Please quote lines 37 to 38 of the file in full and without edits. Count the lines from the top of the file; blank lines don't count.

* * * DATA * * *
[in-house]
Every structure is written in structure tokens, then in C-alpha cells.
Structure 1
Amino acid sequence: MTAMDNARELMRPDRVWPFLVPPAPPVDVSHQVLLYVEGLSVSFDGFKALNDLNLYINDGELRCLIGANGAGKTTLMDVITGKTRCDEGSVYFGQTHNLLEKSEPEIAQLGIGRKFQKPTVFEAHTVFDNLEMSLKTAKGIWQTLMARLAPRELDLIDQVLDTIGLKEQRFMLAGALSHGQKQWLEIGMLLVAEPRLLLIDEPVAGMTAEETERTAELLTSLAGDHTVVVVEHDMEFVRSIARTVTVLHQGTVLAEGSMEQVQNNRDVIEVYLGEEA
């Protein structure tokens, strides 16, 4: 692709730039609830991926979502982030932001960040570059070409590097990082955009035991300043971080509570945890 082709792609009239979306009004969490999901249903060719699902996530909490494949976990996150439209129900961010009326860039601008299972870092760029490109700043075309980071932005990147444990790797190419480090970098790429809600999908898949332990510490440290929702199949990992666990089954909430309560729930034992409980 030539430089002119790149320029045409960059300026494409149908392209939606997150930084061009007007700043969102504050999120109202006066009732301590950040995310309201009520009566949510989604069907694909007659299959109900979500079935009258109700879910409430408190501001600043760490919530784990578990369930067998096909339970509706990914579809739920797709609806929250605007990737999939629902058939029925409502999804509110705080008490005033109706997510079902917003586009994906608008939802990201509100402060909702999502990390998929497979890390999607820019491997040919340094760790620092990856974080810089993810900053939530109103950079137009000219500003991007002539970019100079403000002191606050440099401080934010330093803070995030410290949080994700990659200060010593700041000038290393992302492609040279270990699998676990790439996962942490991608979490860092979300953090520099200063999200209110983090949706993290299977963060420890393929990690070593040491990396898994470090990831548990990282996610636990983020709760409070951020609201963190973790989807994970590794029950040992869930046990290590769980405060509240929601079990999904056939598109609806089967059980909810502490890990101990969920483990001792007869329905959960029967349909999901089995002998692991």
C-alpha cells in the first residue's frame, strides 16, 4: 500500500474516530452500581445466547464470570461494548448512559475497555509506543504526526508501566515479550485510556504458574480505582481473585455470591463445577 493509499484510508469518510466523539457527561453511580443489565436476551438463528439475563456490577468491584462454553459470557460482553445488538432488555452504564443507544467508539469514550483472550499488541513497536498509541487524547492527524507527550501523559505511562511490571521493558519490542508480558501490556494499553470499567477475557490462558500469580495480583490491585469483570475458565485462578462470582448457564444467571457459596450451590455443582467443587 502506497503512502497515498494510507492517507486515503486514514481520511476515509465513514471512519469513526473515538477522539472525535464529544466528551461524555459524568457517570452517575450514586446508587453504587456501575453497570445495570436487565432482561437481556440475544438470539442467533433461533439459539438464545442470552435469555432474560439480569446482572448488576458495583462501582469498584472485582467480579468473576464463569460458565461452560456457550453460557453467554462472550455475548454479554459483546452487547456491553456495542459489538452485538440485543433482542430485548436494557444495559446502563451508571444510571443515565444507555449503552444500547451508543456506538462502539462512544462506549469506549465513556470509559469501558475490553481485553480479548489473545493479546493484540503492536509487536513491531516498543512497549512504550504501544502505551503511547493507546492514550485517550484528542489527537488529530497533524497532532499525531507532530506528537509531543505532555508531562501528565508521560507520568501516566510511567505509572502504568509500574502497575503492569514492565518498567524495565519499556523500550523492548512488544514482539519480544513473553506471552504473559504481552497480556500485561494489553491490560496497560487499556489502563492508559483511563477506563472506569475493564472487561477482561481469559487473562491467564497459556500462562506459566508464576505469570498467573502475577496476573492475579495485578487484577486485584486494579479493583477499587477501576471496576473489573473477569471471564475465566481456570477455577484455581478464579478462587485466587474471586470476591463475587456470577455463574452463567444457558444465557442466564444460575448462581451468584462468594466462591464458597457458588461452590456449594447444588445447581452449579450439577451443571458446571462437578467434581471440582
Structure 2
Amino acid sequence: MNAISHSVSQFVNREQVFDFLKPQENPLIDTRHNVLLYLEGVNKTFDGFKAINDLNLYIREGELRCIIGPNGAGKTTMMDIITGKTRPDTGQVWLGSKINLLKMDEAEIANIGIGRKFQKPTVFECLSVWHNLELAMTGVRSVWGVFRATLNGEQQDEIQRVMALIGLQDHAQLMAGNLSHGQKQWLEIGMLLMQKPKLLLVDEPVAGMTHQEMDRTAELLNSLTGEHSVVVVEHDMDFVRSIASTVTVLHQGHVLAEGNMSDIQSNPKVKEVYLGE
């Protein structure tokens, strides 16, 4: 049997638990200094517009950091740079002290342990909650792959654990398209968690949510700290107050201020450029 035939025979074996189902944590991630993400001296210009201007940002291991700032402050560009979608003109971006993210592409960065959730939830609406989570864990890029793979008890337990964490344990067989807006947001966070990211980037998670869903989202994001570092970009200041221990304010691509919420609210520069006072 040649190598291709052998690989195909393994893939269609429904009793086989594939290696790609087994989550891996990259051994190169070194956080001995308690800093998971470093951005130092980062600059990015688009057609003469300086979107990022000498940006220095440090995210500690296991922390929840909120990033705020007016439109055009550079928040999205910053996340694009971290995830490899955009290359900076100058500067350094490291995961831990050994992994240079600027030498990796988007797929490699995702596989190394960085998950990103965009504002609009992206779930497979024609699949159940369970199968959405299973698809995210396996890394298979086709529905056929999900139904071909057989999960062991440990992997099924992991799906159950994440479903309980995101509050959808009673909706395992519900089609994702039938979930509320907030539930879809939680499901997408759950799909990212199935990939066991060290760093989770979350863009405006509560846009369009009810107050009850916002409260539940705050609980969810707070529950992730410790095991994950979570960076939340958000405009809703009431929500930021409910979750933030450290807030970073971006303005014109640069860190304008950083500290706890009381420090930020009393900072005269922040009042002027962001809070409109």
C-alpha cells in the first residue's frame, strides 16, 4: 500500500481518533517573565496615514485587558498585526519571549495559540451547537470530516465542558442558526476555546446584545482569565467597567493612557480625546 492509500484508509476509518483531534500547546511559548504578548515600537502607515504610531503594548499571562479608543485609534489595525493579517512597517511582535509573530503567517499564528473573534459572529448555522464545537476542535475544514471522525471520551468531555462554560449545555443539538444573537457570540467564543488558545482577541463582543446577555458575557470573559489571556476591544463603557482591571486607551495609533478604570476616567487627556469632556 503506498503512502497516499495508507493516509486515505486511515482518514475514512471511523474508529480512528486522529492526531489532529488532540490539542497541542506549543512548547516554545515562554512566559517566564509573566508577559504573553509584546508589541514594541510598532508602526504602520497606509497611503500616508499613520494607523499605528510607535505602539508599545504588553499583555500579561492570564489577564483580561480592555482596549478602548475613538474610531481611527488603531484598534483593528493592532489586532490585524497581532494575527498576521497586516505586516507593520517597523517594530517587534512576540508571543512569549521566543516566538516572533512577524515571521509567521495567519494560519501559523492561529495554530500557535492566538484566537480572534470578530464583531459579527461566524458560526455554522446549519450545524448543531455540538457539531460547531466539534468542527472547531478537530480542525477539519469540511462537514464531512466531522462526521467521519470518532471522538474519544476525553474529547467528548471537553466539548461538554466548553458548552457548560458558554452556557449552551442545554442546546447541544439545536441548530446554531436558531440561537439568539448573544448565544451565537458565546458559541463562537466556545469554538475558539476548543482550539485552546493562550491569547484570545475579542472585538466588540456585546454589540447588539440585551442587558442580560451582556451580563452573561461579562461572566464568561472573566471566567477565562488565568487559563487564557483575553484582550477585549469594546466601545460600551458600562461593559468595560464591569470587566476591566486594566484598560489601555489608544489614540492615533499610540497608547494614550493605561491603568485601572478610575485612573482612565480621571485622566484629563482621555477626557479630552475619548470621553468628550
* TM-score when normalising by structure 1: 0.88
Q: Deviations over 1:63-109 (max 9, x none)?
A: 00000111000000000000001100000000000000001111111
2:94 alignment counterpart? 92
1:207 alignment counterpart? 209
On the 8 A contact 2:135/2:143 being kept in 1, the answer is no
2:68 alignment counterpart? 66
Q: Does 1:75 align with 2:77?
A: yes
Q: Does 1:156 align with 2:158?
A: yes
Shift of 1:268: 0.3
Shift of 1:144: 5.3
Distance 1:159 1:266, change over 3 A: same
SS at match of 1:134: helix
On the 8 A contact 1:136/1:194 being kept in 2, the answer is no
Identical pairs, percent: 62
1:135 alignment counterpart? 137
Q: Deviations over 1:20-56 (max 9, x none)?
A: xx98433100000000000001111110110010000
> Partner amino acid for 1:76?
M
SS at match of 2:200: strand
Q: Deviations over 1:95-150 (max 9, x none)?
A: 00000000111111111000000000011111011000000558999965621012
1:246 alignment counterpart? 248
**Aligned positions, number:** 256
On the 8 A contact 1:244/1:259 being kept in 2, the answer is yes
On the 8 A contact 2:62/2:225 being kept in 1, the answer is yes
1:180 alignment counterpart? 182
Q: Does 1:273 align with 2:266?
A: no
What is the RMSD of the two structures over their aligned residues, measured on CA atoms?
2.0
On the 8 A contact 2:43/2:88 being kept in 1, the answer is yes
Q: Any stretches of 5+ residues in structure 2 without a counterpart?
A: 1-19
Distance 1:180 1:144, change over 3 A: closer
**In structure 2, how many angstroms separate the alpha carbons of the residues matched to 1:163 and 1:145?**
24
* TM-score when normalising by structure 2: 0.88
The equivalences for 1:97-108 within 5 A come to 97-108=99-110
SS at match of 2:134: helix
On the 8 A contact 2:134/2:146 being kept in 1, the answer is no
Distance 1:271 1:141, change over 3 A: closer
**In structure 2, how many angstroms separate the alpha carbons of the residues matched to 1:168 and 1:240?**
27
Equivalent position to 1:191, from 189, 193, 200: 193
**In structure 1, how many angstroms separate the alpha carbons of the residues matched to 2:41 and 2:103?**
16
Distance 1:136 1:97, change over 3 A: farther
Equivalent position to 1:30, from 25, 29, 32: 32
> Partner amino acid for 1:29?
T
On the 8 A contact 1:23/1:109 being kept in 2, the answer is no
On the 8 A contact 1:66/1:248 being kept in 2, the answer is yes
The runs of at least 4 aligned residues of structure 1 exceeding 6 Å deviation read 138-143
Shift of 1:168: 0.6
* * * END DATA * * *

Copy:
**Aligned positions, number:** 256
On the 8 A contact 1:244/1:259 being kept in 2, the answer is yes